For acute patients brought by ambulance, Police, only direct consultations were possible and admittance often required special supplementary safety measures, being kept in a buffer zone until negative RT-PCR results were confirmed. Similar procedures were reported by colleagues in other countries, with the same difficulties, partly due to understaffing, less specialized training [34, 35].

For chronic hospitals, there were no new admittances. Psychiatric hospitals, part of a general hospital, could hardly organize safety circuits according to the imposed regulations. One major concern regarded the continuity of delivery of psychiatric treatments to the chronic patients, which could have been at risk of relapses, triggered by medication discontinuation. This led to the initiation of several programs and facilities that provided safe medication supplies after safe Tele-Psychiatry consultations. Due to the fact that the majority of ambulatory psychiatric services interrupted their onsite activity the first two months of pandemic, clients with psychiatric problems requested either online consultations or visited the emergency rooms. If oral medication reached easily the patient, either accustomed with the administration or in case of changes, a short explicative schema had been attached, more problematic seemed the administration of long acting injectable antipsychotics, which supposed the administration by a trained nurse.

Speaking about admitted psychiatric patients, the quarantine measures interrupted the periodical visits into the hospital of family members or friends, the contact being possible by telephone. In order to overcome this emotional deprivation, especially in those patients and carers who did not afford a smart phone with videocalls, the Cluj emergency hospital initiated the technical support for this gap by offering two tablets to the patient and the carer in the proximity of the hospital, providing also technical assistance.

Some peculiar event occurred since the personnel had to wear protective kilts, masks, making daily visits and consultation difficult regarding the identification of the persons, the establishment of confident relationships, limited face expression and changing personnel, producing gaps in adequate monitoring, coherent therapeutic plans. Some of the activities were canceled: morning conference, periodic meetings with shifts via online meetings, briefings, group messages.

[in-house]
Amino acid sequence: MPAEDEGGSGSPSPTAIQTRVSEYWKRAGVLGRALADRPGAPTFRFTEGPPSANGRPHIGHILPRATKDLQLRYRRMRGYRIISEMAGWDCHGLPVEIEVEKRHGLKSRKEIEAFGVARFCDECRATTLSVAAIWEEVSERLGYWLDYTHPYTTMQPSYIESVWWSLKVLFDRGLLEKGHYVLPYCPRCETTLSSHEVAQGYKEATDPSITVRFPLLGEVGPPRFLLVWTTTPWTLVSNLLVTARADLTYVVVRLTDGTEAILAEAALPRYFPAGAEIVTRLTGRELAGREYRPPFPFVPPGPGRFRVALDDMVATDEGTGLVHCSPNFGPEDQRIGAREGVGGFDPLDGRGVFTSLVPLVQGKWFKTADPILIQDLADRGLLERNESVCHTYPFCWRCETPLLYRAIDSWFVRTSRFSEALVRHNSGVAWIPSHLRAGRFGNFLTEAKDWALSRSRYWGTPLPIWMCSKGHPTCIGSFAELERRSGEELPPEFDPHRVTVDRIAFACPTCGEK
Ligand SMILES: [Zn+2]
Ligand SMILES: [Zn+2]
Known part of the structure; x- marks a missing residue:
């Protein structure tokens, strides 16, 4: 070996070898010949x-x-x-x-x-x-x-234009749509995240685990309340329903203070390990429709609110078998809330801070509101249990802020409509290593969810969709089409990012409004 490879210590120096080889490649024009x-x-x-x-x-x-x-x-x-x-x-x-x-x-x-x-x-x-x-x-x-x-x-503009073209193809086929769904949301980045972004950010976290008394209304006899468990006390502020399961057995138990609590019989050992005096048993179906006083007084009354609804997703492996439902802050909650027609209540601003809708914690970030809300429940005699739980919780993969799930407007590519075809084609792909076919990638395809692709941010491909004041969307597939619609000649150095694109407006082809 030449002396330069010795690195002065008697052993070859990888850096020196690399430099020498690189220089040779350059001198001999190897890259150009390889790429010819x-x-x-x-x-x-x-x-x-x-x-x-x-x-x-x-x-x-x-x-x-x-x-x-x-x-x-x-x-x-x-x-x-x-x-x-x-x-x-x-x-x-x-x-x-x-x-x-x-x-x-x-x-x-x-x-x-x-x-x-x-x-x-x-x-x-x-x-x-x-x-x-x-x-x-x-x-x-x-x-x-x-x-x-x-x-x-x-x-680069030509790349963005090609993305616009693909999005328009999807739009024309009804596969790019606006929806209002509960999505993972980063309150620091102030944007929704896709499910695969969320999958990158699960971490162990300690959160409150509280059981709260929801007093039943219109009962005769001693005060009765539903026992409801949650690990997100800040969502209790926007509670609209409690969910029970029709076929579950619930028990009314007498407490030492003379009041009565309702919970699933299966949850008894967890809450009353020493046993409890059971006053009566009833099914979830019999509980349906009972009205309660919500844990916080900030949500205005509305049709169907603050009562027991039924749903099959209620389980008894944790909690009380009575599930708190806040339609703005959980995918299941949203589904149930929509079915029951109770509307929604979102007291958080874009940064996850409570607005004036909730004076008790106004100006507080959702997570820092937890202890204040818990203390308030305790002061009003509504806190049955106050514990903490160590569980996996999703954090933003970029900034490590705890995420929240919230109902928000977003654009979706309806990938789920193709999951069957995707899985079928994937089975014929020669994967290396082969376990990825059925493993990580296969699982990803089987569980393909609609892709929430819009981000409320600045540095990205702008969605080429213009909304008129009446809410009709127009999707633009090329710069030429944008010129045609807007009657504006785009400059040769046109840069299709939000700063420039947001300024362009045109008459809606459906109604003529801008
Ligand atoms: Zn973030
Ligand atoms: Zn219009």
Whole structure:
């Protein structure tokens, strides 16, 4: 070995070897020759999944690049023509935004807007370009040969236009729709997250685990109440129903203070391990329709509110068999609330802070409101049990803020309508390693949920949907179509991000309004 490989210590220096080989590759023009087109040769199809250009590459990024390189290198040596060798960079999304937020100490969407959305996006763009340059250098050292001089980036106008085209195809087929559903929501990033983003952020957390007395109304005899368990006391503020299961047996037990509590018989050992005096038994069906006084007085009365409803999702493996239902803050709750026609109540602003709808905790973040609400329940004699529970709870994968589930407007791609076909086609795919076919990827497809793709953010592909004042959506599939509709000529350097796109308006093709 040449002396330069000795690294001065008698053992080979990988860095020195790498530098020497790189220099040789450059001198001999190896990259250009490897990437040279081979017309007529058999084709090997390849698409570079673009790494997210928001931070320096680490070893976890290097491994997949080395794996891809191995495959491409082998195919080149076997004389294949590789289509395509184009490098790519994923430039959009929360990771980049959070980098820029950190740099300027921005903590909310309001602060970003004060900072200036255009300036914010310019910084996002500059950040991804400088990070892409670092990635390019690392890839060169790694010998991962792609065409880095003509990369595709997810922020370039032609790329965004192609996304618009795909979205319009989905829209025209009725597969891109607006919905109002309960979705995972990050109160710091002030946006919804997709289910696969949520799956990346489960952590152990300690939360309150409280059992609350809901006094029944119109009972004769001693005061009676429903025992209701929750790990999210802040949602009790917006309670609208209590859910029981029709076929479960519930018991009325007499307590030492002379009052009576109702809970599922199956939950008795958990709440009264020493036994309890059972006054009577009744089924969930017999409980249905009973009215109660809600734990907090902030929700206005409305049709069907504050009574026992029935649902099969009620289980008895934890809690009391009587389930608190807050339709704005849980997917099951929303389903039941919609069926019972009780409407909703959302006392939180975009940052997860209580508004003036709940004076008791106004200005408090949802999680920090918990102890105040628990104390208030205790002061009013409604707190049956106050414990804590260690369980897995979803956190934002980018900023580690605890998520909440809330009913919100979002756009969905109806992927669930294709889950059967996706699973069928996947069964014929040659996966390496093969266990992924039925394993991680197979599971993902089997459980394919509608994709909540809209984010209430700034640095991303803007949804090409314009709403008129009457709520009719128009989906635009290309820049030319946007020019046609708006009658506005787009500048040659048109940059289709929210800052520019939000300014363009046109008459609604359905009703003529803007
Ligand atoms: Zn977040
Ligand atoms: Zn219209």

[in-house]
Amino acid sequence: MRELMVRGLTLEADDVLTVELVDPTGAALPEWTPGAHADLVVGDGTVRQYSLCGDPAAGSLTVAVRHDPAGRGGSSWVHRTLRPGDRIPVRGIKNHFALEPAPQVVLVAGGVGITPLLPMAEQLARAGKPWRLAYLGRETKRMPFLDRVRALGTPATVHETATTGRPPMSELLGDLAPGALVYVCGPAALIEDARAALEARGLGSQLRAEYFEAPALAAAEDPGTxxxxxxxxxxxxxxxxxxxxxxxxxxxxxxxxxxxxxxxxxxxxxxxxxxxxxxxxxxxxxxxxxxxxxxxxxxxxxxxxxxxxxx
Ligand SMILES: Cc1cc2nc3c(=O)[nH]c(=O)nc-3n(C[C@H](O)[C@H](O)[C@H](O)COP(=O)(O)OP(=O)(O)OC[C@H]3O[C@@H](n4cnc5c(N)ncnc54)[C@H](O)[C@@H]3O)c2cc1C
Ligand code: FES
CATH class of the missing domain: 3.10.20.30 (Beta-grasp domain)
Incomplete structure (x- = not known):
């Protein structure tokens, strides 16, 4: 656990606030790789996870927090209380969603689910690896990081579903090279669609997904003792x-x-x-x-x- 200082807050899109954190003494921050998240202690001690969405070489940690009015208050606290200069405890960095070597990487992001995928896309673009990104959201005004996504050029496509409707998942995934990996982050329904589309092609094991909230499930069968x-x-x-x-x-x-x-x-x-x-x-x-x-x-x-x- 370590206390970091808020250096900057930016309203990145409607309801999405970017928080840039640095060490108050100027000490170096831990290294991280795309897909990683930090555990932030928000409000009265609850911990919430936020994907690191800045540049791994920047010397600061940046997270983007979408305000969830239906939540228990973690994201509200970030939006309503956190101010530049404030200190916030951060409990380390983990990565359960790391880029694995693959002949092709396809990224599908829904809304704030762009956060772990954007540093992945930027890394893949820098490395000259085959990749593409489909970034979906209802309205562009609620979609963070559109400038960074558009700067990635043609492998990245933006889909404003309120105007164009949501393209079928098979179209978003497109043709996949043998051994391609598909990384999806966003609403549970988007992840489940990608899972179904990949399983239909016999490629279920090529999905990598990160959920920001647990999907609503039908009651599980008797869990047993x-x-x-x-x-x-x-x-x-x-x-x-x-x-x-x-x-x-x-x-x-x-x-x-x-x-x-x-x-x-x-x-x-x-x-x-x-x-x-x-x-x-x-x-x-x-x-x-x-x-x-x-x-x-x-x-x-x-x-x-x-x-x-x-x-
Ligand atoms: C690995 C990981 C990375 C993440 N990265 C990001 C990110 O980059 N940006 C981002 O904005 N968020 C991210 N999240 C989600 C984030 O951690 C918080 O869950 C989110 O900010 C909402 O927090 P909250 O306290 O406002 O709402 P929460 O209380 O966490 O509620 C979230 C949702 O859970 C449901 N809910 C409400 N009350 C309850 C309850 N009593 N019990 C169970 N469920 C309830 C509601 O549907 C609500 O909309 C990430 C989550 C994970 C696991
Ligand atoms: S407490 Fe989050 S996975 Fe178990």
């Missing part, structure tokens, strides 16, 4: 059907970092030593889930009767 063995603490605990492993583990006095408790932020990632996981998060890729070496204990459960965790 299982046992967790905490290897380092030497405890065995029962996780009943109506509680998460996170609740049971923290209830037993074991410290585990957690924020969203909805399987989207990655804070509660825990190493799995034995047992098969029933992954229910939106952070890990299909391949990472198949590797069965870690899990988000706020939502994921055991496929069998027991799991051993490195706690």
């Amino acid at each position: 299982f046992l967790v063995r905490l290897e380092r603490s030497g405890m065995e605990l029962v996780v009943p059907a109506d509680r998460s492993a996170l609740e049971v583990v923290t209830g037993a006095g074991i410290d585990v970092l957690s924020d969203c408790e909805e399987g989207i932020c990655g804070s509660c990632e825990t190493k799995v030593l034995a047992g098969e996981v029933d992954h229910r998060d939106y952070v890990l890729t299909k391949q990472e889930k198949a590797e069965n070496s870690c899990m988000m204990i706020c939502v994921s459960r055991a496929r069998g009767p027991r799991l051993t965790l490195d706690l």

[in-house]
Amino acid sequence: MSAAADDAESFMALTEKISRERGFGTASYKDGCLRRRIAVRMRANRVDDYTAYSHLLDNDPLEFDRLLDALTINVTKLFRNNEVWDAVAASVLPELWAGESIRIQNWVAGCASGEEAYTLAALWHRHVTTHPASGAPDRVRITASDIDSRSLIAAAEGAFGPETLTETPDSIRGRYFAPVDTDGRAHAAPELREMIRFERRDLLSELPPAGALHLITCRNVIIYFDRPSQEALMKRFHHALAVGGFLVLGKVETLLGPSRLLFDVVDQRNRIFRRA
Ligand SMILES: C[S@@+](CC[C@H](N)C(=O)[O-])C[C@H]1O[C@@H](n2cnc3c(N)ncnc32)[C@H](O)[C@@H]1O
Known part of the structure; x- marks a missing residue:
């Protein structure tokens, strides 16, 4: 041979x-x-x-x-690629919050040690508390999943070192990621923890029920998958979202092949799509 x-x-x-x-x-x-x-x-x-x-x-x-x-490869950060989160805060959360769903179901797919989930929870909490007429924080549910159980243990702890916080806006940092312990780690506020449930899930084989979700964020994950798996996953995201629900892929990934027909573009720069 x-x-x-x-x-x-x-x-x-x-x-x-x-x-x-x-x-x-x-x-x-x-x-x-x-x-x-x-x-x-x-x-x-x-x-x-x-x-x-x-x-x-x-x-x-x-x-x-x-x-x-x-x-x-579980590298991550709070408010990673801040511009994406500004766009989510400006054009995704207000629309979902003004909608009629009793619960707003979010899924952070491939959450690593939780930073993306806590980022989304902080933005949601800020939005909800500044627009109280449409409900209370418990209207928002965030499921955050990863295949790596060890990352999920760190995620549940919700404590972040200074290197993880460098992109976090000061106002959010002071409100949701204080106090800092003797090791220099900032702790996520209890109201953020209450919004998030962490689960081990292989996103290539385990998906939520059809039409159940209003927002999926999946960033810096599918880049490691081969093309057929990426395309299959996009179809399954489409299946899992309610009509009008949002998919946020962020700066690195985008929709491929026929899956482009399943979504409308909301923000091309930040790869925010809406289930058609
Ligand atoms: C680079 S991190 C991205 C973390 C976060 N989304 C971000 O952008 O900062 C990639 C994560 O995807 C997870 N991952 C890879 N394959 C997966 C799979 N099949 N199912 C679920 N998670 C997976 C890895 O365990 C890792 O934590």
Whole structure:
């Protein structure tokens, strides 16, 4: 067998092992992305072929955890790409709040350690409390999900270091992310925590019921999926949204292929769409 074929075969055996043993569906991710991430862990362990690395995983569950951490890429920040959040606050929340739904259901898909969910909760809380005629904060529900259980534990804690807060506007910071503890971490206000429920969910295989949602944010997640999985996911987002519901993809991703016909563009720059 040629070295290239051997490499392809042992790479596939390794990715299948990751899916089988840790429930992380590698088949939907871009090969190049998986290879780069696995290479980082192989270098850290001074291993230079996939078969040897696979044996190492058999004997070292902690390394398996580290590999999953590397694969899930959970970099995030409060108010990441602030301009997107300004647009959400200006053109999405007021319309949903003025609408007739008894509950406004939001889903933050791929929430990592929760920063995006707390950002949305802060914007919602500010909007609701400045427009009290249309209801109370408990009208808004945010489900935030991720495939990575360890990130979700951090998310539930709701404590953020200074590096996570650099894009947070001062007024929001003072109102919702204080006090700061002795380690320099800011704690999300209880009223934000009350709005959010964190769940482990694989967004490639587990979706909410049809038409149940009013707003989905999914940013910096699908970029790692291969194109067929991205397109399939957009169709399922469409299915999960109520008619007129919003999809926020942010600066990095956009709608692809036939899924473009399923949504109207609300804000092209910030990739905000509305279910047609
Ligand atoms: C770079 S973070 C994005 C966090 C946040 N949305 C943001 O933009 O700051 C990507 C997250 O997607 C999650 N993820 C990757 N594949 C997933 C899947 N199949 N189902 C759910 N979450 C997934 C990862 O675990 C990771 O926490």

During the first ten months of the pandemic, personnel had also been contaminated, ill, isolated and a shortage of personnel occurred besides reorganizations of other sections, where personnel had to be transferred. A great relief arrived with the vaccination of the personnel at the beginning of 2021.

8.3 Interhospital collaboration, onsite psychiatric care

The current situation imposed some flexible approaches: since some psychiatric patients suffered of symptomatic Covid-19 illness and were admitted into a dedicated hospital with special care needs and manifested psychiatric symptoms as well, the general strategy demonstrated that consultation and treatment plan in the initial hospital was the optimal attitude. In the case of serial contamination of senior residents that were assessed for various comorbidities, the common decision of the Cluj Emergency hospital was to temporarily detach a psychiatric nurse and a registrar to act onsite for the psychiatric decompensations (delirium, insomnia, agitation). But a better approach should be in case of senior stable residents to assist them in their familiar surrounding and transfer to a hospital only in the case of more complex investigations and medical assistance. Outbreaks, especially during the third wave posed special challenges, partly to the bigger contagion strength and the lack of available adequate suitable clinical facilities. Therefore, flexible designation of special wards, rapid transfer of patients into other hospitals should have been more functional and practical if we would have benefited of the efficient support and coherent coordination of the executive structures. In order to assess professional active Covid-19 ill psychiatric patients, psychiatrists employed the adequate explorations, beneficiated from guided and suitable treatment plans by the hospital infectionist.